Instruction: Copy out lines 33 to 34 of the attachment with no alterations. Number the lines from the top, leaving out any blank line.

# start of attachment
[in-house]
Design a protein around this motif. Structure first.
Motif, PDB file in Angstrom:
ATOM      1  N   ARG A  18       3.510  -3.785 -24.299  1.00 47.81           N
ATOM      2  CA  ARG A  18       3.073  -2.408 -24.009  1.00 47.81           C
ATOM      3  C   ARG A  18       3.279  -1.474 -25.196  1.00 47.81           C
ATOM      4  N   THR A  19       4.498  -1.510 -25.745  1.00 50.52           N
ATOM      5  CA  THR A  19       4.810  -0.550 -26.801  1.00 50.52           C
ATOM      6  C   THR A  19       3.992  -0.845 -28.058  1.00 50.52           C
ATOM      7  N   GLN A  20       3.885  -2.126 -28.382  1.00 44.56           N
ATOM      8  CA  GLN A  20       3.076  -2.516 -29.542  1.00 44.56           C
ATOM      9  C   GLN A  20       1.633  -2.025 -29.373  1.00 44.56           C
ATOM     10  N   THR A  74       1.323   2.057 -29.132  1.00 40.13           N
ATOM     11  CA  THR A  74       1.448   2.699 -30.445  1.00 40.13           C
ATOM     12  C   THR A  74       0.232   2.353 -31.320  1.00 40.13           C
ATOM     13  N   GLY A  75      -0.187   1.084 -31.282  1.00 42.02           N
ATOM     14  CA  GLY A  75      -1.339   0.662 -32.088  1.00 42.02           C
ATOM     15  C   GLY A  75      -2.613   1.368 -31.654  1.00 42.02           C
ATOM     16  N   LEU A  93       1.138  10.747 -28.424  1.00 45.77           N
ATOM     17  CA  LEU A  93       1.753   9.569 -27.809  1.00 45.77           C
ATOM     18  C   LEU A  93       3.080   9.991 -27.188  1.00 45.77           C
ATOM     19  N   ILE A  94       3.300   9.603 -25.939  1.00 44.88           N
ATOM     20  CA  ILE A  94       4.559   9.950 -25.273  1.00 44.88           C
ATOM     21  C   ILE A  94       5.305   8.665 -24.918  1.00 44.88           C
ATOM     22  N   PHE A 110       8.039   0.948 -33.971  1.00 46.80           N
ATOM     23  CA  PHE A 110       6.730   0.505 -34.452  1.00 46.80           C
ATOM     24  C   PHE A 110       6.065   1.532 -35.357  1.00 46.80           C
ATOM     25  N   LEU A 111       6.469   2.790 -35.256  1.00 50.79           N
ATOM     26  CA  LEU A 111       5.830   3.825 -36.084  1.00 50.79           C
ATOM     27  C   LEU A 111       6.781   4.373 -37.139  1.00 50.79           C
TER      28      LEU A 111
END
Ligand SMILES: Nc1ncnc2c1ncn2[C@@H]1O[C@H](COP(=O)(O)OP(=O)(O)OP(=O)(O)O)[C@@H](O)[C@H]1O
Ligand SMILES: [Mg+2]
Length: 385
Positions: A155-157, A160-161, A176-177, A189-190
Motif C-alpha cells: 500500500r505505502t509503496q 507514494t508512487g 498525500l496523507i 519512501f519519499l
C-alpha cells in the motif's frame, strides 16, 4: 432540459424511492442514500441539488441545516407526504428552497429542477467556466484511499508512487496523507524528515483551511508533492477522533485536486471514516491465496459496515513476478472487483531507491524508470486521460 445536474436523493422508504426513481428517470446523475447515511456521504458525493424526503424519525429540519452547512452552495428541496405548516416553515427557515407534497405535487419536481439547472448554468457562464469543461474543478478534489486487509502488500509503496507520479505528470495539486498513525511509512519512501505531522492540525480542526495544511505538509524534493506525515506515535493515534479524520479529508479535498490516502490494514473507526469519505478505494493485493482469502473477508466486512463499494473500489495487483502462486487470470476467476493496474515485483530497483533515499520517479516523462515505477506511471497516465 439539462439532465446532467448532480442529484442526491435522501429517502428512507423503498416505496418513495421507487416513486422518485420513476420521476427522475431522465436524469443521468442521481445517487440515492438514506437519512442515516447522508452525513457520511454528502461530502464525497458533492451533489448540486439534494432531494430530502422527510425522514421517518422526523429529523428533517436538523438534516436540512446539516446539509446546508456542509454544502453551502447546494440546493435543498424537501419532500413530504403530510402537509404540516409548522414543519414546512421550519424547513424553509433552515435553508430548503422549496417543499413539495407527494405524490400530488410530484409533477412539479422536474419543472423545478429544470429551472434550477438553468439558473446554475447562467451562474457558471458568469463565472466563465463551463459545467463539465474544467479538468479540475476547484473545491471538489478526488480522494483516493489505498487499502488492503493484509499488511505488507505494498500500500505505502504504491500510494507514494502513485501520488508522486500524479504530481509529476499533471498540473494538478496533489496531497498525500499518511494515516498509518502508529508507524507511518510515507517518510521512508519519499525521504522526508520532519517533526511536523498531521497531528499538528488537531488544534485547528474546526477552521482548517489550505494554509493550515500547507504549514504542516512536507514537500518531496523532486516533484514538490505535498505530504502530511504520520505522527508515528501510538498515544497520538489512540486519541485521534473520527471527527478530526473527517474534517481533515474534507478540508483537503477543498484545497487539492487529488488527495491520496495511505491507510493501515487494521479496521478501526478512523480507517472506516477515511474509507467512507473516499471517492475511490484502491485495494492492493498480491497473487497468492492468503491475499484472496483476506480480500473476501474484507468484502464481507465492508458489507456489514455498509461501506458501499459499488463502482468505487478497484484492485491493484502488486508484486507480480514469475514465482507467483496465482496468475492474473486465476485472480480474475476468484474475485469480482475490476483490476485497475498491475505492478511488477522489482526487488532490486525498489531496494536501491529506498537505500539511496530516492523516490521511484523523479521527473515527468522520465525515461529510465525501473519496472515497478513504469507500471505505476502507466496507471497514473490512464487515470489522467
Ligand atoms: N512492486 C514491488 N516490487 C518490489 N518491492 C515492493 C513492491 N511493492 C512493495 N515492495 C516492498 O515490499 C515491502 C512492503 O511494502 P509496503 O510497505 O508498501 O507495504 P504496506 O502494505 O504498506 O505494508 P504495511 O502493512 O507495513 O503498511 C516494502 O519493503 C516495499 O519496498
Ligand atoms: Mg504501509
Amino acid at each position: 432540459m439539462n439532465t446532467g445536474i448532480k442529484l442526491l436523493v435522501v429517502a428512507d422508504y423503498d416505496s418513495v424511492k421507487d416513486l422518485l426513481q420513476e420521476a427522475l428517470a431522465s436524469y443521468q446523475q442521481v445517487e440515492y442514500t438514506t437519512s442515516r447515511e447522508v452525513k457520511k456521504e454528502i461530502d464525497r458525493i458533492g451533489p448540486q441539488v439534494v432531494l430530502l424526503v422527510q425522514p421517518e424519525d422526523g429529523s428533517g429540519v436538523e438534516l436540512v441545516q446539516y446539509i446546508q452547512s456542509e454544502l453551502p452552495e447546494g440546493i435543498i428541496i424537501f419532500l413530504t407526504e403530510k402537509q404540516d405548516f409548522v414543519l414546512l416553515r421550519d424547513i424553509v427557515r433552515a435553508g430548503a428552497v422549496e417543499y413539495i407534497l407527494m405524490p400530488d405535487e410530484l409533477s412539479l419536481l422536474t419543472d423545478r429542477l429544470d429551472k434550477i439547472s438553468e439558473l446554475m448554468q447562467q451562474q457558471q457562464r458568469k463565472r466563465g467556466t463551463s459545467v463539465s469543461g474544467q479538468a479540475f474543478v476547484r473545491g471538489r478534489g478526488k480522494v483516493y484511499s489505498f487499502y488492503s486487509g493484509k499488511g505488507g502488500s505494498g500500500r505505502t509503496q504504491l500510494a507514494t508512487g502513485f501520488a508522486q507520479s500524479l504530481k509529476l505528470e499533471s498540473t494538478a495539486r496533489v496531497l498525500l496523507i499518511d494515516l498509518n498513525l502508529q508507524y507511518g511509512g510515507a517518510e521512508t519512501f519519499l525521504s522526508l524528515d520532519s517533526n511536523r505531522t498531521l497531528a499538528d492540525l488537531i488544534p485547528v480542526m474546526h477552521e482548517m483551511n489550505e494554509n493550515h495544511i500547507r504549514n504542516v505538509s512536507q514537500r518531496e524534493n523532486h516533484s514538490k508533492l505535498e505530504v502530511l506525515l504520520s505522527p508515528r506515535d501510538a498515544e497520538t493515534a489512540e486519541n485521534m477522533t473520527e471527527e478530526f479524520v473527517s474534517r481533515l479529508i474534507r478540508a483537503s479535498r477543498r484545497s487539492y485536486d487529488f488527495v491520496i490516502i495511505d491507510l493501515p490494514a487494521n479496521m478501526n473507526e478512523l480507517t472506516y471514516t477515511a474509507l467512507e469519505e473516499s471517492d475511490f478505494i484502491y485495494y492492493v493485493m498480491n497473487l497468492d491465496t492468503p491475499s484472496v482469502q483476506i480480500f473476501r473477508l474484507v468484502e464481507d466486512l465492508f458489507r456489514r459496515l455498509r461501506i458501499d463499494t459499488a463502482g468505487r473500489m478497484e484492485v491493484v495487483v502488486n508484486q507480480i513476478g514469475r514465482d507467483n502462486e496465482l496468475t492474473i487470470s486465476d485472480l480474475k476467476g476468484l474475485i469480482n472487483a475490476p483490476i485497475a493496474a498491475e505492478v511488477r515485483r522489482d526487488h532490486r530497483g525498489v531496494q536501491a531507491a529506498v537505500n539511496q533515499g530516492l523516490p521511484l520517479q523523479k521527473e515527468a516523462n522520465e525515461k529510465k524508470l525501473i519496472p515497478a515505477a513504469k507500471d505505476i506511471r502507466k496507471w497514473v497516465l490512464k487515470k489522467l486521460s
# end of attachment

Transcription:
Ligand SMILES: Nc1ncnc2c1ncn2[C@@H]1O[C@H](COP(=O)(O)OP(=O)(O)OP(=O)(O)O)[C@@H](O)[C@H]1O
Ligand SMILES: [Mg+2]